“Reggae is the weapon of the future,” explains Greg Cipes about The Conscious Revolution, the debut album from his group Cipes and the People. “It’s the music that unifies everyone and everything.”
An accomplished actor on hit TV shows House, Ghost Whisperer, Without a Trace and Deadwood, a voiceover artist on Disney Channel’s W.I.T.C.H. and Super Robot Monkey Team Hyperforce Go! along with Cartoon Network’s Teen Titans and a professional junior surfer, the Florida-born Cipes comes from a show business family. His grandparents both acted professionally and his father was a TV director who became successful in real estate, then traveled extensively with his family, often taking them to the Bahamas , where Cipes heard reggae music for the first time.
“I was divinely placed in a position to see how the music made those living in poverty feel so good,” he says. “The culture and the warmth of the people always intrigued me.”
Citing reggae, hip-hop and rock as his main influences, the 27-year-old packed up his yellow Nissan Xterra and moved to Los Angeles to study directing at USC, but dropped out within weeks when he landed a pilot at Warner Bros.
“Music has always been part of my life,” he says, citing such disparate inspirations as Bob Marley, the Doors, Sublime and Miami bass rappers 2 Live Crew, whose battle for freedom of speech attracted a young Cipes as much as their music. “But it only started to take this form seven years ago.”
The album’s lead single, “Free Me,” is also the first song Cipes ever wrote seven years ago, inspired, he says, by his dog Timber and the spirit of Bob Marley.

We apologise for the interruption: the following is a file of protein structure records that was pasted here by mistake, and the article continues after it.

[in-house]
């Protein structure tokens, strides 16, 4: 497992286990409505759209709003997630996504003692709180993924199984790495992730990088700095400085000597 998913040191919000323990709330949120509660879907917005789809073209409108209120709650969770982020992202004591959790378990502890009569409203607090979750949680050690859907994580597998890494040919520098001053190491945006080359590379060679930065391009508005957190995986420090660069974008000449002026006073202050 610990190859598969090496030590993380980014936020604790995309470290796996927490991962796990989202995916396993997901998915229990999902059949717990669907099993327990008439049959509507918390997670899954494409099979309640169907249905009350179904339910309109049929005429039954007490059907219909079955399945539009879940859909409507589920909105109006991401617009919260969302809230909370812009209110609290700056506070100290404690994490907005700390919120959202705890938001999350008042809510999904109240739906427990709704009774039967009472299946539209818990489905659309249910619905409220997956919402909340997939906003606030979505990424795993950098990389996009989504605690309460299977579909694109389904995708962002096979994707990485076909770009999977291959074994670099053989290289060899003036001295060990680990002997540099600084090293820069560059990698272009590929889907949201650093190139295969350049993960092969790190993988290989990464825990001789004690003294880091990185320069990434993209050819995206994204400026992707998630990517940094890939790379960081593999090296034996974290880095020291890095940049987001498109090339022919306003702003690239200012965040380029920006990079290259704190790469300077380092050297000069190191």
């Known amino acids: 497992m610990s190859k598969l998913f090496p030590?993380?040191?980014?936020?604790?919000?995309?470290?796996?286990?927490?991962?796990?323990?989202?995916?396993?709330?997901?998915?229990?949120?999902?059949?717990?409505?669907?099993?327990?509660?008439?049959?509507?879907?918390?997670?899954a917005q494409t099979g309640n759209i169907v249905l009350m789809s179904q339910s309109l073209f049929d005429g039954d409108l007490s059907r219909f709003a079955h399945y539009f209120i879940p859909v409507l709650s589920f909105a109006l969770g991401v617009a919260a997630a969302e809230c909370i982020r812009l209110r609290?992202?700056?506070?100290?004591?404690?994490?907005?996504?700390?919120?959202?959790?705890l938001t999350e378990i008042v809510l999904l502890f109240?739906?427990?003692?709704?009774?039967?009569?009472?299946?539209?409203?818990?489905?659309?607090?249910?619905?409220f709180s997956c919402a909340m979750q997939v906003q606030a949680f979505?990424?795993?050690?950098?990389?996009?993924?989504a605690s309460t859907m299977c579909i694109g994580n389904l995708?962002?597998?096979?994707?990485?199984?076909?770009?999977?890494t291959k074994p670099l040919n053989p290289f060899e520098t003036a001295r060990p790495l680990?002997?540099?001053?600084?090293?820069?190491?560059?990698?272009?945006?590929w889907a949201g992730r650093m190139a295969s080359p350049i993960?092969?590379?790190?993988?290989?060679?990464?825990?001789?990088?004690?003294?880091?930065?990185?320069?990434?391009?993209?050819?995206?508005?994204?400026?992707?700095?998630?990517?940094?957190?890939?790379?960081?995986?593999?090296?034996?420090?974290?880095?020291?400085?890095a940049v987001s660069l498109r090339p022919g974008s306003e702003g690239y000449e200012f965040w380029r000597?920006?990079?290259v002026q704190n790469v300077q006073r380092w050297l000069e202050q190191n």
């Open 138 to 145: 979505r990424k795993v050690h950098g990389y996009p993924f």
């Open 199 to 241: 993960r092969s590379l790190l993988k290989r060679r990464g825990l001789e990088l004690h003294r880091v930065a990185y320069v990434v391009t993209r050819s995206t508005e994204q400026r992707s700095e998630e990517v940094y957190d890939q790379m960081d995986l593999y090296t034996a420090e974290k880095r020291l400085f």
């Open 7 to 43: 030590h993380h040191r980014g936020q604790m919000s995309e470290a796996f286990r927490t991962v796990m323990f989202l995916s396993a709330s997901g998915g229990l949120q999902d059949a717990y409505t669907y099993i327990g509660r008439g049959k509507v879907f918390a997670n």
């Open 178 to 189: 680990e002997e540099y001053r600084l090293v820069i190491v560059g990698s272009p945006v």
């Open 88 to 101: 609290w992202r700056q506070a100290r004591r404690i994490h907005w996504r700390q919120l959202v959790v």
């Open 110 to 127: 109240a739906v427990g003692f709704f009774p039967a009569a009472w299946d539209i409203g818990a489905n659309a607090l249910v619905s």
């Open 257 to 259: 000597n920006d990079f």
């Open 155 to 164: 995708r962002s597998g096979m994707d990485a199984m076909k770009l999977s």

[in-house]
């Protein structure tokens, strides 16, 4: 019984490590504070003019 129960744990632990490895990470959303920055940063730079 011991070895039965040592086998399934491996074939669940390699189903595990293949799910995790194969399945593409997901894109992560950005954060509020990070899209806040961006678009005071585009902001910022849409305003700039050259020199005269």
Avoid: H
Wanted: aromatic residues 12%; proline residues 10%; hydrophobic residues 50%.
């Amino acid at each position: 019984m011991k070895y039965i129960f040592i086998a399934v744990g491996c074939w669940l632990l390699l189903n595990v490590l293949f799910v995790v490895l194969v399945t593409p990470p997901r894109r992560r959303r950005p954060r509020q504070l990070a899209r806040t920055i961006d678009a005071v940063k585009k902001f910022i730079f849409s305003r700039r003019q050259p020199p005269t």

“I called on Marley spirit to work its way through me,” he says. “I couldn’t even sing growing up. I just prayed to him to let me spread his message and be a conduit of his love, power and wisdom. And it happened.
“I’m talking to Mother Earth in the song as a female whom I’ve disrespected. And this is my plea to heal that relationship. The other element is my own earthly relationships with women. My heart has been broken at least four times. But I’ve never stopped loving. I don’t regard women as the opposite sex anymore. I wasn’t always strong enough to do that. But I’ve vowed not to have sex until I’ve found my one true partner out there.”
Cipes’ music is part of his Conscious Revolution, his attempt to unite people’s beliefs and bring them together. “I do everything in the service of God,” he says, explaining that he no longer drinks, smokes, watches TV, goes to the movie, listens to the radio or has sex. “I’m being lifted up so I can shed light on others who have the knowledge, experience, heart and drive to unite cultures, religions and races. Reggae is all about the positive message, the positive vibration. It’s a music that unifies everyone and everything.”
The video for “Fade Away” gives a plug for Save the Earth, while “Jah People” is inspired by Marley’s assertion that “God loves everyone.”
“God is part of every one of us,” he explains. “Whether it’s Jesus, Mohammed, Buddha, Krishna , Jah or Allah. I’m a firm believer in experiencing all religions so you can understand where everybody is coming from, so you can communicate from a compassionate place. I may not know anything, but I understand everything.”